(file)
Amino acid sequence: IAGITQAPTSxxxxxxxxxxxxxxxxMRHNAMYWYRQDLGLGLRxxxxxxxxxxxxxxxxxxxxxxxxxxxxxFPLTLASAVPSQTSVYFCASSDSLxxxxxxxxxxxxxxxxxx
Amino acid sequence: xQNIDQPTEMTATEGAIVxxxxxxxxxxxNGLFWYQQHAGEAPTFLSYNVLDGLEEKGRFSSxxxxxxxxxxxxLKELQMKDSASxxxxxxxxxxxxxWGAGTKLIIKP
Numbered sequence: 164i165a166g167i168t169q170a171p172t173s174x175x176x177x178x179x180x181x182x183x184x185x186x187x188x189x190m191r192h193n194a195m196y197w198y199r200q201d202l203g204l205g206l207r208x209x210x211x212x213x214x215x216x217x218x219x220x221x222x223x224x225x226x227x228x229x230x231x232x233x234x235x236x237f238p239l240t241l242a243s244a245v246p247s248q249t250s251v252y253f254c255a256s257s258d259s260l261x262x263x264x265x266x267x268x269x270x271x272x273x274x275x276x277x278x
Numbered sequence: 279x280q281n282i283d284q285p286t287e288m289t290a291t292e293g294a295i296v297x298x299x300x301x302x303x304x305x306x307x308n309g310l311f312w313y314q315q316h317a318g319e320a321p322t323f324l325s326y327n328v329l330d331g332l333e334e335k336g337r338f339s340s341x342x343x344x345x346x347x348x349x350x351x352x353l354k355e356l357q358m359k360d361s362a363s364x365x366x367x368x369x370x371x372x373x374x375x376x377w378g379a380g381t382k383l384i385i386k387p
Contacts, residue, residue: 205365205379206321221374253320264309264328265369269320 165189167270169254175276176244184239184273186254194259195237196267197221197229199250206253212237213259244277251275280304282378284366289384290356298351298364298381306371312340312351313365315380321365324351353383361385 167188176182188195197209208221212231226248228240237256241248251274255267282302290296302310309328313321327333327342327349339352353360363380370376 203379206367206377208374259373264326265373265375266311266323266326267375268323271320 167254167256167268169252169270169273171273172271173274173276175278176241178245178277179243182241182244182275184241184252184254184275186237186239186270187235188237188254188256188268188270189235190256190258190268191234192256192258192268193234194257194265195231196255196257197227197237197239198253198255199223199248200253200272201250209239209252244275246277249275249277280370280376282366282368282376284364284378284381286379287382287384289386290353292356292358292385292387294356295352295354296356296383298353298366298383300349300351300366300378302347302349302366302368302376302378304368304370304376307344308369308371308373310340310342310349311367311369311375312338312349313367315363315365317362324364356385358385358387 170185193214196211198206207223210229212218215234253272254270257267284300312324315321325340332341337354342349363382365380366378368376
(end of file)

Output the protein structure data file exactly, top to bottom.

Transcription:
Amino acid sequence: IAGITQAPTSxxxxxxxxxxxxxxxxMRHNAMYWYRQDLGLGLRxxxxxxxxxxxxxxxxxxxxxxxxxxxxxFPLTLASAVPSQTSVYFCASSDSLxxxxxxxxxxxxxxxxxx
Amino acid sequence: xQNIDQPTEMTATEGAIVxxxxxxxxxxxNGLFWYQQHAGEAPTFLSYNVLDGLEEKGRFSSxxxxxxxxxxxxLKELQMKDSASxxxxxxxxxxxxxWGAGTKLIIKP
Numbered sequence: 164i165a166g167i168t169q170a171p172t173s174x175x176x177x178x179x180x181x182x183x184x185x186x187x188x189x190m191r192h193n194a195m196y197w198y199r200q201d202l203g204l205g206l207r208x209x210x211x212x213x214x215x216x217x218x219x220x221x222x223x224x225x226x227x228x229x230x231x232x233x234x235x236x237f238p239l240t241l242a243s244a245v246p247s248q249t250s251v252y253f254c255a256s257s258d259s260l261x262x263x264x265x266x267x268x269x270x271x272x273x274x275x276x277x278x
Numbered sequence: 279x280q281n282i283d284q285p286t287e288m289t290a291t292e293g294a295i296v297x298x299x300x301x302x303x304x305x306x307x308n309g310l311f312w313y314q315q316h317a318g319e320a321p322t323f324l325s326y327n328v329l330d331g332l333e334e335k336g337r338f339s340s341x342x343x344x345x346x347x348x349x350x351x352x353l354k355e356l357q358m359k360d361s362a363s364x365x366x367x368x369x370x371x372x373x374x375x376x377w378g379a380g381t382k383l384i385i386k387p
Contacts, residue, residue: 205365205379206321221374253320264309264328265369269320 165189167270169254175276176244184239184273186254194259195237196267197221197229199250206253212237213259244277251275280304282378284366289384290356298351298364298381306371312340312351313365315380321365324351353383361385 167188176182188195197209208221212231226248228240237256241248251274255267282302290296302310309328313321327333327342327349339352353360363380370376 203379206367206377208374259373264326265373265375266311266323266326267375268323271320 167254167256167268169252169270169273171273172271173274173276175278176241178245178277179243182241182244182275184241184252184254184275186237186239186270187235188237188254188256188268188270189235190256190258190268191234192256192258192268193234194257194265195231196255196257197227197237197239198253198255199223199248200253200272201250209239209252244275246277249275249277280370280376282366282368282376284364284378284381286379287382287384289386290353292356292358292385292387294356295352295354296356296383298353298366298383300349300351300366300378302347302349302366302368302376302378304368304370304376307344308369308371308373310340310342310349311367311369311375312338312349313367315363315365317362324364356385358385358387 170185193214196211198206207223210229212218215234253272254270257267284300312324315321325340332341337354342349363382365380366378368376